ISTANBUL: Intelligence agents from Turkey and Israel have thwarted an Iran-led plot to kill an Israeli-Turkish tycoon following a monthslong surveillance operation.
The planned victim was Istanbul-based Yair Geller, the 75-year-old owner of CNC Advance Technologies. He was targeted in retaliation for the killing of Iranian nuclear scientist Mohsen Fakhrizadeh in 2020, an act that Tehran considered to be an Israeli operation.
Turkey’s national intelligence agency, MIT, said a nine-person network of hit men tracked Geller for a long time, taking photographs of his daily life, his workplace and his home in Istanbul. The gang used multiple Turkish and Iranian phone numbers to avoid detection.
MIT informed its Israeli counterpart, Mossad, about the gang’s plan before it turned operational and the two sides worked together to move the businessman to a safe house protected by Mossad operatives.
Once Geller was safe, MIT moved in on the hit men and arrested all but one of them. Most are Turkish nationals, but the head of the group is Iranian Saleh Moshtagh Bigohouz. One member of the group, who has close ties to the Iranian intelligence service, remains at large.
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This is not the first time Turkish authorities have foiled such an assassination attempt. In 2009 they prevented a Hezbollah attack on an Israeli target in Turkey by implementing high-security measures in three major cities.
That attack was planned as revenge for the death of Imad Mughniyeh, who was the founding member of Lebanon’s Islamic Jihad organization and No. 2 in Hezbollah’s leadership.
Experts said the timing of the operation to protect Geller was significant as it came amid the discussions between Turkey and Israel to normalize diplomatic relations, adding that Iran might have been motivated to disrupt such talks.
Israel’s President Isaac Herzog and Turkey’s President Recep Tayyip Erdogan have held four phone conversations this year in an attempt to mend frayed ties, and Herzog is expected to visit Turkey soon.
Dr. Nimrod Goren, president of Mitvim, the Israeli Institute for Regional Foreign Policies, said the cooperation between the two countries’ intelligence agencies would be beneficial in helping to improve bilateral relations.
“It conveys a message to the Israeli public that Turkey is not in the Iranian camp, that security cooperation between Israel and Turkey is possible and that improved channels between the countries can bring tangible benefits and save lives,” he told Arab News.
One of the topics for rapprochement between the two countries is energy, an industry in which Geller operates.
“Over the last few years, most media reports regarding Israel-Turkey relations carried negative crisis-related news, often portraying Turkey as a security threat to Israel given its ties with Hamas and Iran,” Goren said.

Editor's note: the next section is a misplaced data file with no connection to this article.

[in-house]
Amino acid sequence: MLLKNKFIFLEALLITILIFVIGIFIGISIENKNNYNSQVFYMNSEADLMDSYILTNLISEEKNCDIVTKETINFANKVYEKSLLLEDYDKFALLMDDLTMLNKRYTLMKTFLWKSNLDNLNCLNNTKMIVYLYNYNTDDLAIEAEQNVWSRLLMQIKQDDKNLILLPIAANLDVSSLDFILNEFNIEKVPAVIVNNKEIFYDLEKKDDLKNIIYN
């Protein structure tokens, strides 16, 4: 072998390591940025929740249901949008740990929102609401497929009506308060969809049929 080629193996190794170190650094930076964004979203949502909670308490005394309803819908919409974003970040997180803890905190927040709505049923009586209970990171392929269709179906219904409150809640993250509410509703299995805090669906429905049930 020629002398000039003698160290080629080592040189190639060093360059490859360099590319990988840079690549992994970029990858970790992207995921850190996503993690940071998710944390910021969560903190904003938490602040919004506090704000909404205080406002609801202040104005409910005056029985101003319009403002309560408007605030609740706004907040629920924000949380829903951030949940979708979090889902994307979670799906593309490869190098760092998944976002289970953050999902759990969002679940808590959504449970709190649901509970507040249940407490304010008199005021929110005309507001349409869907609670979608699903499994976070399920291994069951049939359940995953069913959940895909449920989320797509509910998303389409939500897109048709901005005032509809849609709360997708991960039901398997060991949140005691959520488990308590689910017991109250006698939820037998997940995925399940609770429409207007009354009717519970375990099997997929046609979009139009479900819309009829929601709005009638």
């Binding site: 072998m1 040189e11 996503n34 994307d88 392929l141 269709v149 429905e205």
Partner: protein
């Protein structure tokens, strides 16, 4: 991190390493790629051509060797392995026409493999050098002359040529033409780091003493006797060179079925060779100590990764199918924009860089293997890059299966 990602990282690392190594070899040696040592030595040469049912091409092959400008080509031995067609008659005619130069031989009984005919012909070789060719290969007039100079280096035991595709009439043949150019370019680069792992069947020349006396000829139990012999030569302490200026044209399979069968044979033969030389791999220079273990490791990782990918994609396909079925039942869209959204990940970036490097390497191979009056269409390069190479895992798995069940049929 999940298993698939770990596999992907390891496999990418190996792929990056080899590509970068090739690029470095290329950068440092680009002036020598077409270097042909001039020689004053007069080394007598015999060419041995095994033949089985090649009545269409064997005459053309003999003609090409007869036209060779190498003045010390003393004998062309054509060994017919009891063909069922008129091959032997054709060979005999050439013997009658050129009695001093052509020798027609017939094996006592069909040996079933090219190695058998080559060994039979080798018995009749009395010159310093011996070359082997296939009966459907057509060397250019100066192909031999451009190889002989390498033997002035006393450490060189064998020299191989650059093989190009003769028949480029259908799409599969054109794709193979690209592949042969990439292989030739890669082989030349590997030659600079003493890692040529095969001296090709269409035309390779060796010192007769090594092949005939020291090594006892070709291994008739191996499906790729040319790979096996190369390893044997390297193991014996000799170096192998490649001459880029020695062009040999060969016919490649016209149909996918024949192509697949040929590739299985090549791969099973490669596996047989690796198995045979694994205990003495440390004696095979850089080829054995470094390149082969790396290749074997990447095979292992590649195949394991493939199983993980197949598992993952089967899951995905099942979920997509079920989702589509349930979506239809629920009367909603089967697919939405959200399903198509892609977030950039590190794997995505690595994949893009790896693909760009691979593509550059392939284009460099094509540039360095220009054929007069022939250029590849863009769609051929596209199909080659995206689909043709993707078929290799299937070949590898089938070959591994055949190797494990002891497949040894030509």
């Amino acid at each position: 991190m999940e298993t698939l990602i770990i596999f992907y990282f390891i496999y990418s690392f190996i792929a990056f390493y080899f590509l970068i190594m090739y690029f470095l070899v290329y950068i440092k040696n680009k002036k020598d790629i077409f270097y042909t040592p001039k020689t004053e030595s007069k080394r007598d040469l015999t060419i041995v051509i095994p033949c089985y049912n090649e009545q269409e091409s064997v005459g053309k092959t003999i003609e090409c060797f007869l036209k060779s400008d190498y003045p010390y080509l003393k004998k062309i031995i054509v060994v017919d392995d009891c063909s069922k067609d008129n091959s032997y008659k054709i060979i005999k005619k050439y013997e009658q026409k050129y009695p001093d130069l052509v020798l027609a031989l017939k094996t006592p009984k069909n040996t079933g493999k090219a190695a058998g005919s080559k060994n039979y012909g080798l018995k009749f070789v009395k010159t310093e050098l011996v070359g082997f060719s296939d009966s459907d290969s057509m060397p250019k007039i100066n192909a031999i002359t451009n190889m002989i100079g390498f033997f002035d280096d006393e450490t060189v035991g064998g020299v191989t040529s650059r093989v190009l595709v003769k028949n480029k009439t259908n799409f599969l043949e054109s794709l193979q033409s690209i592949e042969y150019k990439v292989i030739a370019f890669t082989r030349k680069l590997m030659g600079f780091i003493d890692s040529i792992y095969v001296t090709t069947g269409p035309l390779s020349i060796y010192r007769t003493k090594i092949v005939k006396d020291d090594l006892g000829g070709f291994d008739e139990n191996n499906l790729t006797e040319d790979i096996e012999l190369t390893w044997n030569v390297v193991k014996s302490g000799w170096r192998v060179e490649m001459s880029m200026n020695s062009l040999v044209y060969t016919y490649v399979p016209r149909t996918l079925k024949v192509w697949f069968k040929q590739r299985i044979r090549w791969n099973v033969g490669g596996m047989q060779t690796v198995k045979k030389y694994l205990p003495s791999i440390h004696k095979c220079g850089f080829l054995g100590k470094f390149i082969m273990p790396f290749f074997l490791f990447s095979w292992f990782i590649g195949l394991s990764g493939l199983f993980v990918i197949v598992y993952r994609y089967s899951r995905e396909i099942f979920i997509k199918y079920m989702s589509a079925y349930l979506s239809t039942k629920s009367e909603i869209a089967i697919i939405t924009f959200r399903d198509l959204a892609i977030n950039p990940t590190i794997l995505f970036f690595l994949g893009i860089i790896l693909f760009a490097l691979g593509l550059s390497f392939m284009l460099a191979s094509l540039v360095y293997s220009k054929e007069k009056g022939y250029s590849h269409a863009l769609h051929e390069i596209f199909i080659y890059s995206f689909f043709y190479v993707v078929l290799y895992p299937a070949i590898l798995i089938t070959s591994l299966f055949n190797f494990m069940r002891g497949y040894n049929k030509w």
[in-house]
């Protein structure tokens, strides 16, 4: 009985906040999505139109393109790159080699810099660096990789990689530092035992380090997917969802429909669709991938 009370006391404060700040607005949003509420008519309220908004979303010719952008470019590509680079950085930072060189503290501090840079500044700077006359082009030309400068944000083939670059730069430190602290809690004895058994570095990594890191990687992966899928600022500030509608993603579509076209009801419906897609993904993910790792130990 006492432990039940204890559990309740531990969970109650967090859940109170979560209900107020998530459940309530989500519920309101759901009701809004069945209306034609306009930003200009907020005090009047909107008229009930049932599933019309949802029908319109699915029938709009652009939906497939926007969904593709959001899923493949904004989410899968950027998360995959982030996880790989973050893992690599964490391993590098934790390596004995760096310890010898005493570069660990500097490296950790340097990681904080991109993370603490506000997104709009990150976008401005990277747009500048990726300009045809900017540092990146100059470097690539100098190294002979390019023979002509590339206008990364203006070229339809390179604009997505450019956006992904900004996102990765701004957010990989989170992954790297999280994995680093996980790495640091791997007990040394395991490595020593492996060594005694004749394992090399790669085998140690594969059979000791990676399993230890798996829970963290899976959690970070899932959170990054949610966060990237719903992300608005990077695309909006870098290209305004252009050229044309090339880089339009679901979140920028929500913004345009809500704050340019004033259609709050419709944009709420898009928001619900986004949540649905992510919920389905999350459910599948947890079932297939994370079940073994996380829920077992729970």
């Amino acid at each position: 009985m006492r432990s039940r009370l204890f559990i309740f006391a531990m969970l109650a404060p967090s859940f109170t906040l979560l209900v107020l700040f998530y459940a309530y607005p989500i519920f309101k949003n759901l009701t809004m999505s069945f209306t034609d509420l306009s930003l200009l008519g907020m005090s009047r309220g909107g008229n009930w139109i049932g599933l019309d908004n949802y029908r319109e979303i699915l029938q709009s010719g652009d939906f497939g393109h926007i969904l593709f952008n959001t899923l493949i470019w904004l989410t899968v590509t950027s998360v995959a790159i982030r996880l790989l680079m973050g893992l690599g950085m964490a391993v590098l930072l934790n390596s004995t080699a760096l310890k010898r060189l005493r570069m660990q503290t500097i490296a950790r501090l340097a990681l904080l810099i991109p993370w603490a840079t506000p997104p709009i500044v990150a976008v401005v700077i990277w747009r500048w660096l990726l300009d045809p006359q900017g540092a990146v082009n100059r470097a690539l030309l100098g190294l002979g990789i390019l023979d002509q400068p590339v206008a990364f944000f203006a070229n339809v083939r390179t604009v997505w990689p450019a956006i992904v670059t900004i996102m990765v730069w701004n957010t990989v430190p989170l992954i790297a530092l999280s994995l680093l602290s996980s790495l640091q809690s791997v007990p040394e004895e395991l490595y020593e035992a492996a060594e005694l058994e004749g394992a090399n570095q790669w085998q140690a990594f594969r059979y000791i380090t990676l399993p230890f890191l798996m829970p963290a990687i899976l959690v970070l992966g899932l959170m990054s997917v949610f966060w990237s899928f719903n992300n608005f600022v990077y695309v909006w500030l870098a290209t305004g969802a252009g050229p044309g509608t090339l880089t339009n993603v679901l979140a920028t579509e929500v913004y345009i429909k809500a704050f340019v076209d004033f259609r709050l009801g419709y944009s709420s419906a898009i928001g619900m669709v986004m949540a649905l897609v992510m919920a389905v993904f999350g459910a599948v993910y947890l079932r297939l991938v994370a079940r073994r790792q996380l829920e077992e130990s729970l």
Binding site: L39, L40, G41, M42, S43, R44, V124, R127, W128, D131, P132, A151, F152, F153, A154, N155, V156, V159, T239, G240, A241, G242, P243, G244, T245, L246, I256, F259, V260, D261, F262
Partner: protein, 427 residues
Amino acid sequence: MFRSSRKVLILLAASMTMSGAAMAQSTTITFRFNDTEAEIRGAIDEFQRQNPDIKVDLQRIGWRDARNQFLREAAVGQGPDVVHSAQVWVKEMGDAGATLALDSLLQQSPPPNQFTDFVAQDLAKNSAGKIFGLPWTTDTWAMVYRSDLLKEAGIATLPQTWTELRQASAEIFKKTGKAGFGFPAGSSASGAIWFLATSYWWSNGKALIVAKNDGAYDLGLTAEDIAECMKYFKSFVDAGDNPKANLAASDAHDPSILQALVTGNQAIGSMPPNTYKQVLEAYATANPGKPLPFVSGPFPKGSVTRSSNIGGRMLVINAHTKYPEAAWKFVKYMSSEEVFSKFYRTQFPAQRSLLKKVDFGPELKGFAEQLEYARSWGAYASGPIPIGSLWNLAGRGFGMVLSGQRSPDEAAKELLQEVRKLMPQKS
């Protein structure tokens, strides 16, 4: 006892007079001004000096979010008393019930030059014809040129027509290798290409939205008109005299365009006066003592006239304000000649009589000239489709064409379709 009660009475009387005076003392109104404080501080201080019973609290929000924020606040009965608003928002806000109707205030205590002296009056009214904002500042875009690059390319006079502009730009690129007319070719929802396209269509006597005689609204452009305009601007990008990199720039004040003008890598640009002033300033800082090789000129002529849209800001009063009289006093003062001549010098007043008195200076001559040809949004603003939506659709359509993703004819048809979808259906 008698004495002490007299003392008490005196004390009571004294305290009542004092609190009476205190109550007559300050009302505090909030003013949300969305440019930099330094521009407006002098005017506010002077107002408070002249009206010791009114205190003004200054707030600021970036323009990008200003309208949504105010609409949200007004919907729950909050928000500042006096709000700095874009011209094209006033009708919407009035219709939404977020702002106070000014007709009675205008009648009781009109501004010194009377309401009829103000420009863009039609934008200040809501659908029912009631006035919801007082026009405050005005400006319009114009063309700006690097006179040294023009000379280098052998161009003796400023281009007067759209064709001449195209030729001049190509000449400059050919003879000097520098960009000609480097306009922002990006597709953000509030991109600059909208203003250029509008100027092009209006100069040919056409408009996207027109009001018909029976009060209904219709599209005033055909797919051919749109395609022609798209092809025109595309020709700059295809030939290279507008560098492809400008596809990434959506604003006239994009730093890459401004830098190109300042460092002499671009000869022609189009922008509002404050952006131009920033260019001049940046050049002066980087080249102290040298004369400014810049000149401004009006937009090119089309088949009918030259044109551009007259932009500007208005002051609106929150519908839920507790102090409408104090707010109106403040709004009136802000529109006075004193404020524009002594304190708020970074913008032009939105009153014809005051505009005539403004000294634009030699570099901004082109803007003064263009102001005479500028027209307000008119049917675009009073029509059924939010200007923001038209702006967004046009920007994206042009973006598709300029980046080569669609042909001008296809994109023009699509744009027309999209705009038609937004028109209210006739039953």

But the Geller story delivered the opposite message, as it portrayed Turkey as a potential security ally, he added.
“In that regard, the successful intelligence cooperation and the fact that it was made visible can help in rebuilding trust, improving perceptions, and preparing public opinion toward a new chapter in Israel-Turkey relations,” Goren said.
Jason M. Brodsky, policy director of United Against Nuclear Iran, agreed that the cooperation between the intelligence agencies represented a gesture by Erdogan ahead of Herzog’s visit.
“Turkish-Israeli relations over the last decade have been fraught, with Turkey reportedly compromising an Israeli intelligence ring working in Iran in early 2012,” he told Arab News.
“This latest episode is an attempt by Ankara to turn the page and build confidence, but there is still a long way to go, especially with curbing Hamas activity inside Turkey. That will test this exercise.”
Iranian operatives have been active on Turkish soil for a long time. They have been involved in several kidnapping and assassination attempts, and have been closely monitored by MIT. Last year, a gang of Iranian spies was captured after being accused of trying to kidnap an Iranian dissident military official.
Another Iranian citizen was arrested last year for helping to plan the assassination of Iranian dissident Masoud Molavi Vardanjani in Istanbul in 2019.
An Iranian cell also attempted to abduct Iranian dissident Shahnam Golshani, leading to another counterintelligence operation by Turkey that led to the arrest of 11 suspects, including an Iranian national.
Brodsky said there had been an uptick in the Turkish government’s disclosure of Iranian intelligence plots in the country in recent years.
“This latest revelation indicates some continued tension with Tehran against the backdrop of gas disputes and other irritants in the bilateral relationship,” he said.
Louis Fishman, associate professor at Brooklyn College, said the foiling of the assassination attempt on Geller in Turkey should not have come as a surprise.
“Turkey maintains strong economic ties with Israel despite the harsh rhetoric of the past between former Prime Minister Benjamin Netanyahu and Erdogan. If Iran had succeeded in carrying out such an act, it would have been seen as a huge failure on the part of the Turkish security forces,” he told Arab News.
The intelligence operation also indicated that cooperation between the security teams was “working at high level,” Fishman said, adding that it was “another sign that Turkey is really serious about jump-starting its relations with Israel in the post-Netanyahu era.
“Such news stories are important in building trust among the Israeli public, which is still quite skeptical of Turkey’s attempts to mend ties. (But) Israeli government members will still want proof that Turkey will curb Hamas activities in Turkey.”